Corey Lewandowski’s chaotic congressional testimony, explained

Democrats on the House Judiciary Committee hauled in former Trump campaign manager Corey Lewandowski to testify Tuesday, in the first big hearing of their impeachment investigation — and it was a circus.

The testimony was mainly about one episode of potential obstruction of justice outlined in Special Counsel Robert Mueller’s report: President Donald Trump’s request to Lewandowski, in June 2017, that he deliver a message to Attorney General Jeff Sessions, pressuring him to retake control of the Russia probe and restrict it only to future election interference. Lewandowski never gave the message to Sessions.

It was a bizarre incident. Because Lewandowski was a private citizen at the time, it seemed to be an example of Trump trying to circumvent his own White House staff to covertly pressure Sessions. Mueller’s legal analysis suggested this was potentially an instance of obstruction of justice. However, Mueller decided not to reach a conclusion on whether it, or any other conduct by the president, was actually criminal.

So Democrats on the House Judiciary Committee hoped to use Tuesday’s hearing to draw more attention to the episode, as a part of their larger impeachment push.

What ensued was a bit of a mess. Some of Lewandowski’s testimony was difficult to believe, and he treated the committee with contempt generally. For many questions, he simply refused to answer — claiming he was respecting a White House demand that he limit his testimony to what was in Mueller’s report (though the White House’s legal rationale is contested, to put it mildly).

Politically, however, the whole spectacle seemed unlikely to change much for Democrats. As usual, the hearing had a disjointed feel, with five-minute questioning segments for members of Congress on the committee, alternating from party to party. The Democratic questioners varied wildly in effectiveness, and Republicans, for their part, went to bat for the president and his former campaign manager.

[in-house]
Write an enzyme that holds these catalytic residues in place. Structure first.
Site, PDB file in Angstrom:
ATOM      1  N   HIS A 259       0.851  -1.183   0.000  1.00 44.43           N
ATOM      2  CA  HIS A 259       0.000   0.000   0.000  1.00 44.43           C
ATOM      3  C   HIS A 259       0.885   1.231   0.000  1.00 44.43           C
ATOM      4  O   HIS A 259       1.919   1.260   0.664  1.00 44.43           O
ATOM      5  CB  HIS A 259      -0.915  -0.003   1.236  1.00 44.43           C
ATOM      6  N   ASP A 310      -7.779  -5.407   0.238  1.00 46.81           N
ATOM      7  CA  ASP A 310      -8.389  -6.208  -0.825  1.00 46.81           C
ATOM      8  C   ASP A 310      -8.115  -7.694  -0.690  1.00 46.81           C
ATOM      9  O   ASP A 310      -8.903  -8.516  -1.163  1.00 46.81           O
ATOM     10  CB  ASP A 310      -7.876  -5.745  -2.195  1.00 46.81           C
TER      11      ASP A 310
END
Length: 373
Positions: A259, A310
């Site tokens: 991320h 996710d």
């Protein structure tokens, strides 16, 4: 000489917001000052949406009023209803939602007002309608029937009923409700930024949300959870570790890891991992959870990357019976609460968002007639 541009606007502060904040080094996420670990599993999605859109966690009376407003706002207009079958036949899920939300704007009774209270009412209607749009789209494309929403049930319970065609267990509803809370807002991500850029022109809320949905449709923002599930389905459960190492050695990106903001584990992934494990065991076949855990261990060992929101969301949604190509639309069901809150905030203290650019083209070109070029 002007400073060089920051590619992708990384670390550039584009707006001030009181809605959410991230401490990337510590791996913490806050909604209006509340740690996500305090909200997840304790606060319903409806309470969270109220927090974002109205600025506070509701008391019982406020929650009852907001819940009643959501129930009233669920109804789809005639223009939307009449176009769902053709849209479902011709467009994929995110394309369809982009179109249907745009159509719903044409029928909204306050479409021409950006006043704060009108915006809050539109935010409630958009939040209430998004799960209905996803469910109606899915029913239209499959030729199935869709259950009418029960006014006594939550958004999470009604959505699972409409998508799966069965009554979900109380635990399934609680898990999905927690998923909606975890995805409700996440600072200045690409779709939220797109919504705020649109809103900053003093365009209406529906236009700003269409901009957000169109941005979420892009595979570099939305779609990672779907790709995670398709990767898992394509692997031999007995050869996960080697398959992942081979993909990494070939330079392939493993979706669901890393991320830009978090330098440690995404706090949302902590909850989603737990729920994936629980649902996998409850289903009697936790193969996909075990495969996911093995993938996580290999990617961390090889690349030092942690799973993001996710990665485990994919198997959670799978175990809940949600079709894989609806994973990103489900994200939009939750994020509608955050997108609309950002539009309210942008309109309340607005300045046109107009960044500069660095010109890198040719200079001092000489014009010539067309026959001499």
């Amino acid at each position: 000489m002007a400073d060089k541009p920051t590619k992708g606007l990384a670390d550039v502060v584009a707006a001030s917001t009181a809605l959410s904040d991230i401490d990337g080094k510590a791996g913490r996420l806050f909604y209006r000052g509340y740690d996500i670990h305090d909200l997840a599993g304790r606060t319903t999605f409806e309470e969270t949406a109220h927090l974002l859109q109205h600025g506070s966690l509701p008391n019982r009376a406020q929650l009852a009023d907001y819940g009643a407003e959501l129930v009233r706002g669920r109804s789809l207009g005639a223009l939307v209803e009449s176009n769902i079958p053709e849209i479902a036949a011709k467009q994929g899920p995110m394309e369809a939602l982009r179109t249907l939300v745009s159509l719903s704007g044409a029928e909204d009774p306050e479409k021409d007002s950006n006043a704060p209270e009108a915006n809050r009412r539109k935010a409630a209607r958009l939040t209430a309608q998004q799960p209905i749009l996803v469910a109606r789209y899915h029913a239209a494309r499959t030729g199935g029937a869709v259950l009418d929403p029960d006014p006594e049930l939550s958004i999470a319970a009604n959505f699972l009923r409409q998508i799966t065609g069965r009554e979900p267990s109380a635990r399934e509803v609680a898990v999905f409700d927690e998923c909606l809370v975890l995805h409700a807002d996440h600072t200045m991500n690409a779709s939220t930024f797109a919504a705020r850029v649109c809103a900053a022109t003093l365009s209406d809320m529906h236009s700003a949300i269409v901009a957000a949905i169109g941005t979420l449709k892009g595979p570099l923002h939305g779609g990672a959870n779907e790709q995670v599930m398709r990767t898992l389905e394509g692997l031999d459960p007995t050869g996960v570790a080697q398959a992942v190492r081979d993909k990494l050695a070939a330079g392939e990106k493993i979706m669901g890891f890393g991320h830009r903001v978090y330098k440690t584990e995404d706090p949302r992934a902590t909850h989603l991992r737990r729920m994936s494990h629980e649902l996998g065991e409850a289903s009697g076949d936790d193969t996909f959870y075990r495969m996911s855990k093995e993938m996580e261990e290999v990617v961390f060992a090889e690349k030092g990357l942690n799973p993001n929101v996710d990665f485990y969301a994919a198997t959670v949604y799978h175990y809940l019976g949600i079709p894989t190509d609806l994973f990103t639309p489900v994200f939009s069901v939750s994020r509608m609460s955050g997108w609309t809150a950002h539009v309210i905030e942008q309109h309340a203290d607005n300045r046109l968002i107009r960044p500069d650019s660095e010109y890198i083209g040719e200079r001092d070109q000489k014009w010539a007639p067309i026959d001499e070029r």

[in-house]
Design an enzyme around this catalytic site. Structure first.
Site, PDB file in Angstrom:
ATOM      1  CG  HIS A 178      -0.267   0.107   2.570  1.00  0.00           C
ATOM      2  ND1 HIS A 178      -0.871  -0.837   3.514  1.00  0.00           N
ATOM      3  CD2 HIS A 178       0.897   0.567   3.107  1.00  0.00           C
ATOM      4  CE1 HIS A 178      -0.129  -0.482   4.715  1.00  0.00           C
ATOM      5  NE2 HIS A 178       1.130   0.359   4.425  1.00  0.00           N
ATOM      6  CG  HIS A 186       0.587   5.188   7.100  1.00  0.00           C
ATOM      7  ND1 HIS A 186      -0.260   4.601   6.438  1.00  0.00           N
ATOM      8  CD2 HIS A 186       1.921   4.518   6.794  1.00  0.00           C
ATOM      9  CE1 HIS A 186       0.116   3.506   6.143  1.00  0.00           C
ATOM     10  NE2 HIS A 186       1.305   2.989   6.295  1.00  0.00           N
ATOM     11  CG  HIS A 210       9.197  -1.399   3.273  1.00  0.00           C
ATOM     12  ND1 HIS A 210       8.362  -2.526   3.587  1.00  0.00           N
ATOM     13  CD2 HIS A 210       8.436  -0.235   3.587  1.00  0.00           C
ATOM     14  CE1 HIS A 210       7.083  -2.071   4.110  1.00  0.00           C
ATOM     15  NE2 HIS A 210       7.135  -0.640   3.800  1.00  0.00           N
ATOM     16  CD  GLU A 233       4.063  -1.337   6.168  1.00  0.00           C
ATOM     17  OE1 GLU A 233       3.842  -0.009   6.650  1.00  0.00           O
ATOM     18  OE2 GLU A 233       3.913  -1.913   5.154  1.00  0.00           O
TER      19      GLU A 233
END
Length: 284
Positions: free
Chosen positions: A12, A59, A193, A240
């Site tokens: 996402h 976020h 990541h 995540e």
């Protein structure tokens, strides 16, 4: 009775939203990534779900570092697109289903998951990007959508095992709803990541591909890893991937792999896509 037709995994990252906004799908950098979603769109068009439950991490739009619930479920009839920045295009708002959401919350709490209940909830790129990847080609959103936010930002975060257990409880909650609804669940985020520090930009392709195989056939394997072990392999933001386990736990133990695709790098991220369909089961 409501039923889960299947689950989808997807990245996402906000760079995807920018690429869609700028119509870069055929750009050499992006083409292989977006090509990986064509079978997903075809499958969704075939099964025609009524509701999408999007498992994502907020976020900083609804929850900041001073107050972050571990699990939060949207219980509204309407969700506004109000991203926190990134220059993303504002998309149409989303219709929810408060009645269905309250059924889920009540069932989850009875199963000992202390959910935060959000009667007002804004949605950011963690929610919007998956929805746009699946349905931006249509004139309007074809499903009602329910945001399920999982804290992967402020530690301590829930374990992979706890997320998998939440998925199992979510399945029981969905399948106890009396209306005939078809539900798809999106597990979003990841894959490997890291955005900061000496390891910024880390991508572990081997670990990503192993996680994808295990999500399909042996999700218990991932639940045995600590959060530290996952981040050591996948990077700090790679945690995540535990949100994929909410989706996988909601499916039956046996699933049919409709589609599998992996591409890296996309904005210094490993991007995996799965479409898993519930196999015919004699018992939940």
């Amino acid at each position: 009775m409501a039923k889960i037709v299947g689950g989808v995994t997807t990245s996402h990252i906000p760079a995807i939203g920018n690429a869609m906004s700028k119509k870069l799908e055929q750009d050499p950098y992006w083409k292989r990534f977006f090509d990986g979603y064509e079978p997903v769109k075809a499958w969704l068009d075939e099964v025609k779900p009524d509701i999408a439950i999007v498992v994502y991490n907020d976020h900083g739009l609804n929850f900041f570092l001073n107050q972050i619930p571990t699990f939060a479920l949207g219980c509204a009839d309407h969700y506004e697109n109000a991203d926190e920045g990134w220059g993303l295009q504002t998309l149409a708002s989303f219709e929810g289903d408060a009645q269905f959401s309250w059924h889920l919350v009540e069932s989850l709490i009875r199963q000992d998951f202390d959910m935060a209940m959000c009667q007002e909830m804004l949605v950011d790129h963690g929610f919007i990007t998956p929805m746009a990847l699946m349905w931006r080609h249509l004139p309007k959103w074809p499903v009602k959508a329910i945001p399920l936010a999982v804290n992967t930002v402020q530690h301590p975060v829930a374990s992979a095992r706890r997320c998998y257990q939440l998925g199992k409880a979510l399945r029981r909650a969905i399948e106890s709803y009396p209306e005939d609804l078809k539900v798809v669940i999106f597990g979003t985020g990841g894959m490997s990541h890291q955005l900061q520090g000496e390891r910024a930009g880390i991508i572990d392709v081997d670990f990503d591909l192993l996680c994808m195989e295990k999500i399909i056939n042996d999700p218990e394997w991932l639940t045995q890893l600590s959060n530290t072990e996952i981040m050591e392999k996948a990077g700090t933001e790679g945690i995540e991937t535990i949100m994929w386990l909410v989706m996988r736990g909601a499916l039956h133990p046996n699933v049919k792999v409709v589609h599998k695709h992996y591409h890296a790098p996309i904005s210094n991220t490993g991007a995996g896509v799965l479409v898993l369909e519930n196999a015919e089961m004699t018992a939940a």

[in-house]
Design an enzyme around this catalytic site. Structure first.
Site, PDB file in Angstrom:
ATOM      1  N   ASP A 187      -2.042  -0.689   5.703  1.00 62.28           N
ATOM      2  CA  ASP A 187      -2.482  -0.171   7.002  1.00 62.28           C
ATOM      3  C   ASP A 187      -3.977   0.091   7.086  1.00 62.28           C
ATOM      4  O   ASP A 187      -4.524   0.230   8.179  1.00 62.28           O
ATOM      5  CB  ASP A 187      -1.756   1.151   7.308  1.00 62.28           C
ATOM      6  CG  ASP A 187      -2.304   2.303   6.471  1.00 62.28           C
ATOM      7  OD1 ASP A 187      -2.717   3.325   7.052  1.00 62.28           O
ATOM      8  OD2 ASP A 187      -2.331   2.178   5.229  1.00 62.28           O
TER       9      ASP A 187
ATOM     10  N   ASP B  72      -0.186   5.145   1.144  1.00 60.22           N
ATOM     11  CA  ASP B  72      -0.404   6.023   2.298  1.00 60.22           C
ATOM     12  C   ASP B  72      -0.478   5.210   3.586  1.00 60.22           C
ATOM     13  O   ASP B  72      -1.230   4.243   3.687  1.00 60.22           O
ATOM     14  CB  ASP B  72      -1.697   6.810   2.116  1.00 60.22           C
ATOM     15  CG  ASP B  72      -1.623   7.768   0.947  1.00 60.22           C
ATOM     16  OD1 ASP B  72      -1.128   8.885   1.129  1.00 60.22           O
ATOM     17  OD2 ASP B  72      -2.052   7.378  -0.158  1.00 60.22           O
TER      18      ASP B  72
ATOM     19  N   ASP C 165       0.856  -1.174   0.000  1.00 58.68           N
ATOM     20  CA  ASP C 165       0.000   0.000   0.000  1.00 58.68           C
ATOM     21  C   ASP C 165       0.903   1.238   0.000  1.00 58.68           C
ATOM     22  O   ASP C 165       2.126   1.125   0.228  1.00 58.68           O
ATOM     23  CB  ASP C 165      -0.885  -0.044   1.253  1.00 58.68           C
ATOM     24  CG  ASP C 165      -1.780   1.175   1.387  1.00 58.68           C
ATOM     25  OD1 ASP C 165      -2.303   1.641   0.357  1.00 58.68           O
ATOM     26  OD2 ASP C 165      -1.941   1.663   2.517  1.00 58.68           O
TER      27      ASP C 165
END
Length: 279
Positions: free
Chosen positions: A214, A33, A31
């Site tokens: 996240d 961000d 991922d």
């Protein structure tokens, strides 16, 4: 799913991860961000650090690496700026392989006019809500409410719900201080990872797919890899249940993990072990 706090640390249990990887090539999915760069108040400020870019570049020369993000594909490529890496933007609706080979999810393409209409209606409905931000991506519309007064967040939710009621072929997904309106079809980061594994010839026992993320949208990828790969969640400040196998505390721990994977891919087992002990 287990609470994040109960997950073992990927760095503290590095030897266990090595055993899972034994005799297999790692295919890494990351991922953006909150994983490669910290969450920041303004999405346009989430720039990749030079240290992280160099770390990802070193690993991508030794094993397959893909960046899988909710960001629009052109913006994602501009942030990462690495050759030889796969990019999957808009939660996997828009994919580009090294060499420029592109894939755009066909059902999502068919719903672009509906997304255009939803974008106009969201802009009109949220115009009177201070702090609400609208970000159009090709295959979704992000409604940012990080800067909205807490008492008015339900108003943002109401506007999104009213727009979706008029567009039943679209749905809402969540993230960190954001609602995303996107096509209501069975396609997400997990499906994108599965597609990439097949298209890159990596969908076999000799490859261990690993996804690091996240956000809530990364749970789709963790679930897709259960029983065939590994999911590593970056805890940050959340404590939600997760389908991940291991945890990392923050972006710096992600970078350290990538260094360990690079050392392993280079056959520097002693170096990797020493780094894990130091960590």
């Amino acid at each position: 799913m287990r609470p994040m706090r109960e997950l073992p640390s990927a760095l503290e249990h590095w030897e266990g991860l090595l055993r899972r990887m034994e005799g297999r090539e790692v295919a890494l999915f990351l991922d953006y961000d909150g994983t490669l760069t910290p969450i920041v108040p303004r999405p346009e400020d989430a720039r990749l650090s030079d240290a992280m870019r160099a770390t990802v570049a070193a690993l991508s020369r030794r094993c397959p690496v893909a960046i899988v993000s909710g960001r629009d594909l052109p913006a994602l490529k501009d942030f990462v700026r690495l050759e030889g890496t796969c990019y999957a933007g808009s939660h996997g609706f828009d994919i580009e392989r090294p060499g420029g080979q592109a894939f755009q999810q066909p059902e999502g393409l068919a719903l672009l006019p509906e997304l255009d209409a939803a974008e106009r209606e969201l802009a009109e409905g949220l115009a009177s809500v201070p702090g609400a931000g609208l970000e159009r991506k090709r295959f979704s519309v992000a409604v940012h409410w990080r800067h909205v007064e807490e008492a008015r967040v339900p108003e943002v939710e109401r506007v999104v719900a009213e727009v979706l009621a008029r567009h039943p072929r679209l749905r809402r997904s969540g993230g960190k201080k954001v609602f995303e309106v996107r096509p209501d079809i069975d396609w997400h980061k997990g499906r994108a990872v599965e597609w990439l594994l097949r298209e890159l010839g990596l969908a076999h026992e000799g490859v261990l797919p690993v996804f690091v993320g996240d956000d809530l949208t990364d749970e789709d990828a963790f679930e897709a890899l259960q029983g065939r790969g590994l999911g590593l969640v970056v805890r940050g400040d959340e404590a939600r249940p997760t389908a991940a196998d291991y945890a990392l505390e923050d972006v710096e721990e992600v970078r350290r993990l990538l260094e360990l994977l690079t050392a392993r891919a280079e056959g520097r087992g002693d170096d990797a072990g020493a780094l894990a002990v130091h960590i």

Yet the very end of the hearing revealed another potential model for how these things could be done: Barry Berke, a lawyer for House Democrats, grilled Lewandowski for 30 minutes straight, eventually forcing him to admit that he lied in media interviews. If the Judiciary Committee Democrats want to maximize their effectiveness this fall, more segments like that are the way to go.

Some of Lewandowski’s testimony was difficult to believe

Lewandowski was at his most unconvincing when he professed there was nothing unusual or concerning about Trump’s request to him.

Again: This is the president of the United States asking his former campaign manager — who was not a government employee at all — to deliver a message to the attorney general, relating to an investigation into the president and his circle.

The message was about a speech that Trump wanted Sessions to give. He wanted Sessions to reverse his recusal, to retake control of the Mueller probe, to publicly proclaim Trump did nothing wrong, and to limit Mueller only to investigating “election meddling for future elections” — that is, not what already happened in 2016 and not obstruction of justice in the time since Trump took office.

Any savvy operative would be worried about potentially opening themselves up to legal trouble for obstruction of justice about all this. And Lewandowski was notably lackadaisical in following through on it. After Trump’s initial June 19 request, Lewandowski asked to meet with Sessions, was rebuffed, and then did nothing else about it until Trump saw him again a month later.